There are many stories in the Qur’an and from the life of the Prophet Muhammad that motivated Ghaffar Khan’s nonviolence. One story is about the “two sons of Adam.” The story is found in chapter 5 verses 27-32.

The Quranic story is told a bit differently from the Biblical story. In the Qur’an, Cain and Abel don’t get named, but both brothers offer a sacrifice. The sacrifice from one of the brothers is accepted, but the other’s sacrifice is not accepted. 

Like in the Bible, jealousy ensues, but the Quran gives a few more details. The jealous brother threatens his sibling by saying to him, “I will kill you.” The other brother replies, “God only accepts the sacrifice of those who are mindful of Him. If you raise your hand to kill me, I will not raise mine to kill you.”

The jealous brother does kill his sibling, while the other brother is “mindful” of God, which means that he stays nonviolent in the face of violence.

In his book, Toward an Islamic Theology of Nonviolence, Adnane Mokrani explains that “The key phrase ‘If you raise your hand to kill me, I will not raise mine to kill you,’ which is totally absent in the Bible, means refusal of violence and, at the same time, its condemnation and denunciation. This could serve as the theological basis for a peaceful struggle against injustice and a possible current of nonviolence originating from the Qur’an.”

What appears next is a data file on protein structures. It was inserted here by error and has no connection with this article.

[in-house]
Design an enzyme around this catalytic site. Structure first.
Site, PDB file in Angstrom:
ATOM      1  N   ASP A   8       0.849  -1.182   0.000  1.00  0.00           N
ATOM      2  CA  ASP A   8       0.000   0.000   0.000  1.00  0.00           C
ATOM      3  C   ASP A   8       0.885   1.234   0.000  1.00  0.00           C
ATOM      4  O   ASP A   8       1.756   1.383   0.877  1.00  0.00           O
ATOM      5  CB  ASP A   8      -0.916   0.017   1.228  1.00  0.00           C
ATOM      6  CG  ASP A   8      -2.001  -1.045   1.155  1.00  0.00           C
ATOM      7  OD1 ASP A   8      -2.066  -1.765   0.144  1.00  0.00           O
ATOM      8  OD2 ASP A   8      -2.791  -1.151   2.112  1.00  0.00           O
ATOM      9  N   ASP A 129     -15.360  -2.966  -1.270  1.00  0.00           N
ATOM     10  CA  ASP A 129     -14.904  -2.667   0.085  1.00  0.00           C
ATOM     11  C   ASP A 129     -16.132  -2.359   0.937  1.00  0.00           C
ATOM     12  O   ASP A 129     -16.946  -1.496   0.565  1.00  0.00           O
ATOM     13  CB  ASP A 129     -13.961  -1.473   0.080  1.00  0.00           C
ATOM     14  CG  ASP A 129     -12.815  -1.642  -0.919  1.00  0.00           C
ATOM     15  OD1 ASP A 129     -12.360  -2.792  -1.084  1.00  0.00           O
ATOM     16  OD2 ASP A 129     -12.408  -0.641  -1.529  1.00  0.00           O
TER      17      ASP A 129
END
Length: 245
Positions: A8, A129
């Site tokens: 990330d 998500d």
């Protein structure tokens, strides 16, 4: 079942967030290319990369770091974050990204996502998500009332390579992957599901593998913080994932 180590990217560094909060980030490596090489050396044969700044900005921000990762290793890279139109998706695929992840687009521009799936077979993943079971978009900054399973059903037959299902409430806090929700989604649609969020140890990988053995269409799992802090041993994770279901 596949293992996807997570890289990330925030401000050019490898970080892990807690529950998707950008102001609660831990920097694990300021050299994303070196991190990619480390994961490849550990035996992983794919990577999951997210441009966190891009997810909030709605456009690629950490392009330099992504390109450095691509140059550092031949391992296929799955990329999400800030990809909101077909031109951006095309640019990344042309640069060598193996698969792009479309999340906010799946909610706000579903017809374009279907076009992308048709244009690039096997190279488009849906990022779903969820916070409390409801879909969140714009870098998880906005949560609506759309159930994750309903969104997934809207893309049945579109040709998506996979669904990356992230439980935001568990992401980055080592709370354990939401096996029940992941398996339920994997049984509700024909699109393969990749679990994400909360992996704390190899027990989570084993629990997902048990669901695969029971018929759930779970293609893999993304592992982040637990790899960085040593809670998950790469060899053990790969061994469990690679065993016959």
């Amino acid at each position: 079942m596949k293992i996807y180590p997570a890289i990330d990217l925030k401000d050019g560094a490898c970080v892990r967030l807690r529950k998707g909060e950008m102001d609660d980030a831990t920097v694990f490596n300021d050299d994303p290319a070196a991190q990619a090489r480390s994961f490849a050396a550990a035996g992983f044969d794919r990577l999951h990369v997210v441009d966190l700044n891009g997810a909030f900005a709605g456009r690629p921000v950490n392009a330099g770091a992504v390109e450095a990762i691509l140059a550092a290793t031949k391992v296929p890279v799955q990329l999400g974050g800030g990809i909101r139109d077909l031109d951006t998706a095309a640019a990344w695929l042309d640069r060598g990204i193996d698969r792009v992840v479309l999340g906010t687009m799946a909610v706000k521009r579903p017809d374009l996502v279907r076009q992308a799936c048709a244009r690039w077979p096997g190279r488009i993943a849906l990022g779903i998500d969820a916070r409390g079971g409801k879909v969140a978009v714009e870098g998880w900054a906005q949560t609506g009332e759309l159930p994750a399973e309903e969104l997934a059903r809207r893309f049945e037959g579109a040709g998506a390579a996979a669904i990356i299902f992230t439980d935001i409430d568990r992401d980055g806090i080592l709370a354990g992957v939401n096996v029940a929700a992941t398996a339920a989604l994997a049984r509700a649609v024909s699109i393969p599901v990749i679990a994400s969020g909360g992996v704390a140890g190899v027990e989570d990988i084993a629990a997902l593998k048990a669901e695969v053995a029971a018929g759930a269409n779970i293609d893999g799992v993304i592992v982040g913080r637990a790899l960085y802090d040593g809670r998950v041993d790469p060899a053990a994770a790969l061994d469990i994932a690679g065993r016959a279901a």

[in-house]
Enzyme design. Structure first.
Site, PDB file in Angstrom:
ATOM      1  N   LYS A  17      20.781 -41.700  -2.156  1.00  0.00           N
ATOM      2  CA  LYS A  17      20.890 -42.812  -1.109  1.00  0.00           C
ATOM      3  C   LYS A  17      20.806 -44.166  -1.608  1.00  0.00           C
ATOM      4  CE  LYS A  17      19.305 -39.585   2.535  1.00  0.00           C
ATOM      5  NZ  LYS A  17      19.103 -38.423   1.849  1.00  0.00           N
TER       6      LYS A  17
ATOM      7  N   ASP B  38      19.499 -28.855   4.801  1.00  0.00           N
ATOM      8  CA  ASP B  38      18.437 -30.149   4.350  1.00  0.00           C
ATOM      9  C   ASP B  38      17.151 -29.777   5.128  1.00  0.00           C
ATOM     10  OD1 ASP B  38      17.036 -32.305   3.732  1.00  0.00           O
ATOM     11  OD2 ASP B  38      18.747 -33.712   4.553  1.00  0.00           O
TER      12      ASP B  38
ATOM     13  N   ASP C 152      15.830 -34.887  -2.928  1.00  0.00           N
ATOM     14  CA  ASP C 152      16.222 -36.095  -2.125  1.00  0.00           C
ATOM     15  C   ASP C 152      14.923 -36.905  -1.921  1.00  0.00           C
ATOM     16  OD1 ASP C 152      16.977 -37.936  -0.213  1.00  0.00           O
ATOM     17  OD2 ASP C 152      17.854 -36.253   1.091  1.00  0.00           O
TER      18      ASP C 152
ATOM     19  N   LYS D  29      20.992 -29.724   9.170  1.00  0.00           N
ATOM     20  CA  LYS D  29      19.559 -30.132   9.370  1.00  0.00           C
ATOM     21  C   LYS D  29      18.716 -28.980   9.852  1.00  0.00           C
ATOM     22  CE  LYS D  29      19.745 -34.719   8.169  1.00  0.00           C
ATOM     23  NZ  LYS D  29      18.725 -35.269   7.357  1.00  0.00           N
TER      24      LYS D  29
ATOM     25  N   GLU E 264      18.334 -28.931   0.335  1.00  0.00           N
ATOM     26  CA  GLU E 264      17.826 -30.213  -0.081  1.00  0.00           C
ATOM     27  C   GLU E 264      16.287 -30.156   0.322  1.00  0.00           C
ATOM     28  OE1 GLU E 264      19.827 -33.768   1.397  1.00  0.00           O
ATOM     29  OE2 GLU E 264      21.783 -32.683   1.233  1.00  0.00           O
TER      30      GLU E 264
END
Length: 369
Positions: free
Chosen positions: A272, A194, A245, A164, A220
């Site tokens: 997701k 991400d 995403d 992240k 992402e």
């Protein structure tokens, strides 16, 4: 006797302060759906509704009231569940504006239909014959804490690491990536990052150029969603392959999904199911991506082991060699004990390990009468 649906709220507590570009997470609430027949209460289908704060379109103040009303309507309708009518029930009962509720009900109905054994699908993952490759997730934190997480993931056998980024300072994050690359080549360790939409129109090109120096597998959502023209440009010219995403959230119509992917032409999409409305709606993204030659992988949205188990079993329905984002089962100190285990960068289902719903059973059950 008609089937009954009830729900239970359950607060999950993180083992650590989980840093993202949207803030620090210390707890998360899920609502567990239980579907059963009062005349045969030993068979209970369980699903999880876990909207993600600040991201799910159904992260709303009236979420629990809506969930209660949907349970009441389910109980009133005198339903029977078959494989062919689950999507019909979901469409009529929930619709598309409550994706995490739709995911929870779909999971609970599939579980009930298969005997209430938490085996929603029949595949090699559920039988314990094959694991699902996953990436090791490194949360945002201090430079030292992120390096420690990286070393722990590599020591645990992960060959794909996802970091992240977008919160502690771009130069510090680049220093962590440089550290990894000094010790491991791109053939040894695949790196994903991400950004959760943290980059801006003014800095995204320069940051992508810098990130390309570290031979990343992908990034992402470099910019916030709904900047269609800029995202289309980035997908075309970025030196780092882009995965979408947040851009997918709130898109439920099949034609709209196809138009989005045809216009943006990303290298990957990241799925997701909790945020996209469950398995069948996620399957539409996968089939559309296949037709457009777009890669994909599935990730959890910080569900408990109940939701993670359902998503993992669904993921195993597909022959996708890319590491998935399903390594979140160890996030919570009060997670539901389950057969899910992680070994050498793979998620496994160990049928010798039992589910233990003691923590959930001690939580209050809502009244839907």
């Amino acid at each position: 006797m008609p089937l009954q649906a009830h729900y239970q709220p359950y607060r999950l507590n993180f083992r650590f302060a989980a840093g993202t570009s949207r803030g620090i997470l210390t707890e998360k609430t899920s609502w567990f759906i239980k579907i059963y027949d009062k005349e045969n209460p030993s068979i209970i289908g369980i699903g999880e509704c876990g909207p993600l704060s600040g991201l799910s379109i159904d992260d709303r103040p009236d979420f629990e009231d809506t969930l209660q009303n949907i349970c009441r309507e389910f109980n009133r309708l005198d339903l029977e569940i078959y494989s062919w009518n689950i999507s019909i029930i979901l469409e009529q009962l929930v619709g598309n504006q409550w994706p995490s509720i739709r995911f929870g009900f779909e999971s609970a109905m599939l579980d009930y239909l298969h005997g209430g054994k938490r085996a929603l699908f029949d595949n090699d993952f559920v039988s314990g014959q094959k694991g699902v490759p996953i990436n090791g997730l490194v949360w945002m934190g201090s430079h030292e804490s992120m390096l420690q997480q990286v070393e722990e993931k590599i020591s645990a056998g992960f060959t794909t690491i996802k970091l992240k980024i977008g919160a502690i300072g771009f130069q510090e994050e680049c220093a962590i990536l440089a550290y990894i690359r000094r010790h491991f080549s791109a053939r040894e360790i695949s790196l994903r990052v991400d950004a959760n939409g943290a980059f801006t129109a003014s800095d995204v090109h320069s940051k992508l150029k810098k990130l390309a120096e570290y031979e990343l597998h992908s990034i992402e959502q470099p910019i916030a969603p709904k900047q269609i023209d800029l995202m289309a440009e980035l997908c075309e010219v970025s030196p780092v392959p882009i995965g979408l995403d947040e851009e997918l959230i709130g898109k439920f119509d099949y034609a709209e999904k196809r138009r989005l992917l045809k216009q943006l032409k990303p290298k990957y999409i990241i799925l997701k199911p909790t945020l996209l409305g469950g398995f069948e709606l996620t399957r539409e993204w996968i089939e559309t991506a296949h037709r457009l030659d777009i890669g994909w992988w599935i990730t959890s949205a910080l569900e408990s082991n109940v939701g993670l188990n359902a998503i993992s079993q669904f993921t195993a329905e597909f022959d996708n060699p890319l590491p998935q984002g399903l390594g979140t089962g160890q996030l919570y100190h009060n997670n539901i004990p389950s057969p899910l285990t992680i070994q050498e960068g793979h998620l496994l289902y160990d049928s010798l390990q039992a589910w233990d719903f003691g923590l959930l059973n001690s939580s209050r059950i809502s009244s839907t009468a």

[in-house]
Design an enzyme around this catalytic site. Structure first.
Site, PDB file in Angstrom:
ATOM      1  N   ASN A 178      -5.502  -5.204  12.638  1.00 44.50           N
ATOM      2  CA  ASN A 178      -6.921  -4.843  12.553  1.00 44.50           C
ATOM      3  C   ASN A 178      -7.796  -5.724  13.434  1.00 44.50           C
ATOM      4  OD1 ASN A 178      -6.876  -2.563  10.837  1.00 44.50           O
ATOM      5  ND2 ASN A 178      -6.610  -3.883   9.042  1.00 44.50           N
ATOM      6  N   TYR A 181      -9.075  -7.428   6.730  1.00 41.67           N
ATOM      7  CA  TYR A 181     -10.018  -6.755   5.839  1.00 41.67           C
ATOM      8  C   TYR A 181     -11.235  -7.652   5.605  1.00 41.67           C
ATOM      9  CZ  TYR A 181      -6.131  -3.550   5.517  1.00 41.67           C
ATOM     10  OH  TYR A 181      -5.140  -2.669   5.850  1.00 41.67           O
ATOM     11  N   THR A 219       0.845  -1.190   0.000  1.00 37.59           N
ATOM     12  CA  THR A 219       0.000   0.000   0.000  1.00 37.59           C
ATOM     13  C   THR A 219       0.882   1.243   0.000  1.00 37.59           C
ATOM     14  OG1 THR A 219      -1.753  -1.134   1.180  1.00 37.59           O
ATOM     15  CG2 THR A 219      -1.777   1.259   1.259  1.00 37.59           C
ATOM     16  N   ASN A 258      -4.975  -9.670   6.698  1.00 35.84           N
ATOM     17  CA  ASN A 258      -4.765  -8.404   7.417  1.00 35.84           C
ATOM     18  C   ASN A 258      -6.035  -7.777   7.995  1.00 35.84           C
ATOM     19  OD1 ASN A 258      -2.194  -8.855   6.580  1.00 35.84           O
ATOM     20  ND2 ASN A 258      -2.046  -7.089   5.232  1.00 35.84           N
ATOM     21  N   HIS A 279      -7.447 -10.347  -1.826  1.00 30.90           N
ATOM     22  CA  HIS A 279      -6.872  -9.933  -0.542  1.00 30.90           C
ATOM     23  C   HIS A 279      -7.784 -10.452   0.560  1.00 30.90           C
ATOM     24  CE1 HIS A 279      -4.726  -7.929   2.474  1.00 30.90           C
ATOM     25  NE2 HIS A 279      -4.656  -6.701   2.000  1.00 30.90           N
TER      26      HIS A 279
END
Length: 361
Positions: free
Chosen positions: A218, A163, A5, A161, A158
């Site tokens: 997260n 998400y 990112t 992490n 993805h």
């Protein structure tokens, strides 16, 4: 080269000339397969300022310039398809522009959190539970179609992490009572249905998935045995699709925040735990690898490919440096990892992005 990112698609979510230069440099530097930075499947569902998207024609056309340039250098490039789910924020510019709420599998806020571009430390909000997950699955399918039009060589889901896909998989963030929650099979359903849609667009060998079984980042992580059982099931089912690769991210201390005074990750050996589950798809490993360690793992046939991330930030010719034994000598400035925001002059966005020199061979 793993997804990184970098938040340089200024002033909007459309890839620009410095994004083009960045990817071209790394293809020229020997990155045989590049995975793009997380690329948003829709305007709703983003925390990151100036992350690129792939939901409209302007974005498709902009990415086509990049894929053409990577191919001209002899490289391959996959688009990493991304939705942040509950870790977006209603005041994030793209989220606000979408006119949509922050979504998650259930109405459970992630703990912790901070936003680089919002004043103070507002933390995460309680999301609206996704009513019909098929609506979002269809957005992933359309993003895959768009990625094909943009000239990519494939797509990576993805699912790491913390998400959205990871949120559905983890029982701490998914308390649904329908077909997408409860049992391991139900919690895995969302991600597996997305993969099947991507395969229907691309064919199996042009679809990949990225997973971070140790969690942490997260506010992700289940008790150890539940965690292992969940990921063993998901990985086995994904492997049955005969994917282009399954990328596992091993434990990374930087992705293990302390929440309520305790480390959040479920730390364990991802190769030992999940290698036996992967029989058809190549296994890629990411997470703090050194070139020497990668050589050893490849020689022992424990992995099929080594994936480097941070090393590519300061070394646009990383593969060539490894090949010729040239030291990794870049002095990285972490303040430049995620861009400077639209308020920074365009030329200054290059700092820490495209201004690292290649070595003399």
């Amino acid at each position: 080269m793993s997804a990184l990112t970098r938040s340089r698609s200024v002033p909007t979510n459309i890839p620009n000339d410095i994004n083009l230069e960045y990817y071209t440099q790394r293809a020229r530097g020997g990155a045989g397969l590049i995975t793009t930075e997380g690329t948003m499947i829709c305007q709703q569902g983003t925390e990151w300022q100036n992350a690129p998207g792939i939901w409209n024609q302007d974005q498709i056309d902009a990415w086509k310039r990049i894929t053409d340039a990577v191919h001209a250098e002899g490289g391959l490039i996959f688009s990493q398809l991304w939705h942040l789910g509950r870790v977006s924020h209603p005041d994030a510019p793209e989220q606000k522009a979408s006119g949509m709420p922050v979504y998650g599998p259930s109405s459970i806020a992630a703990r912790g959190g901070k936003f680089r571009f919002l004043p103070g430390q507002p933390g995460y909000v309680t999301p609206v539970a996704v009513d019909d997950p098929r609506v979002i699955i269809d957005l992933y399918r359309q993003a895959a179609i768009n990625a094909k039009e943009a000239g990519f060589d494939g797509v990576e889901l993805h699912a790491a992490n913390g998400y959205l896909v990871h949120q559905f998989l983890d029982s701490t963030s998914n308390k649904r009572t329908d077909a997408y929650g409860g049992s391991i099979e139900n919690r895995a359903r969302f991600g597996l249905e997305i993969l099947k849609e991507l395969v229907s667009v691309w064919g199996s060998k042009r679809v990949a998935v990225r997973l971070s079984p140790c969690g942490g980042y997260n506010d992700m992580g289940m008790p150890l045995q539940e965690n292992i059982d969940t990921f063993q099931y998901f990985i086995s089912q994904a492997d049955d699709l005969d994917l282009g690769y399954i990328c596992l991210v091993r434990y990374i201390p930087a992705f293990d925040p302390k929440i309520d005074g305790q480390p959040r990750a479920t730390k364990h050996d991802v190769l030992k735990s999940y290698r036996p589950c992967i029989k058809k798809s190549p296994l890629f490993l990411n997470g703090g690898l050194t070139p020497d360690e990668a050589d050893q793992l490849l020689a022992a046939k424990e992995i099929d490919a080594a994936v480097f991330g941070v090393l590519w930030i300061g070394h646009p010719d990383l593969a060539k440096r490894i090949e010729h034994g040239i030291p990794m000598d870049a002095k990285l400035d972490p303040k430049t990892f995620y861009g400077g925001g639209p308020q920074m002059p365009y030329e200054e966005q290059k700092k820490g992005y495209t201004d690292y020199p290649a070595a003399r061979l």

Religion and Violence

Unfortunately, humans have always had a propensity for violence. Our history books are filled with wars and our movies are saturated with violence. Violence has seemingly become part of the human condition. We are trained to think that the best way to solve violence is with bigger violence.

Our religions have violence in them, too. That’s because religions reflect the human condition. If religions merely ignored violence, they would ignore the greatest threat to our existence – our own violence.

This is an important insight that the Qur’an makes at the beginning of human history. The first brothers have to deal with their violent impulses. One succumbs to violence and the other responds with nonviolence. 

With the threat of nuclear weapons that can destroy life on the planet and the proliferation of guns throughout the United States, Ghaffar Khan and the Qur’an provide us with important examples of nonviolence that may be our only hope for humanity’s future.

Know Your Media

Armed with the knowledge of nonviolent intifadas, we now have the opportunity to listen to news outlets more critically, aware they have biases like we all do. If you would like to learn the bias of your news sources, the Media Bias Chart rates both reliability and political bias of the media. Knowledge is power.

Picture of Adam Ericksen

Adam Ericksen

Get a Free copy of "Unlearn the Bible"

Subscribe to receive thought provoking updates and a free copy of “Unlearn the Bible” by Pastor Adam Ericksen in your inbox.

You might also like...

Overcoming Narcissistic Christianity

Overcoming Narcissistic Christianity

Eastern and Western Christians depict the Resurrection very differently. Pastor Adam thinks the Western approach leads to a narcissism.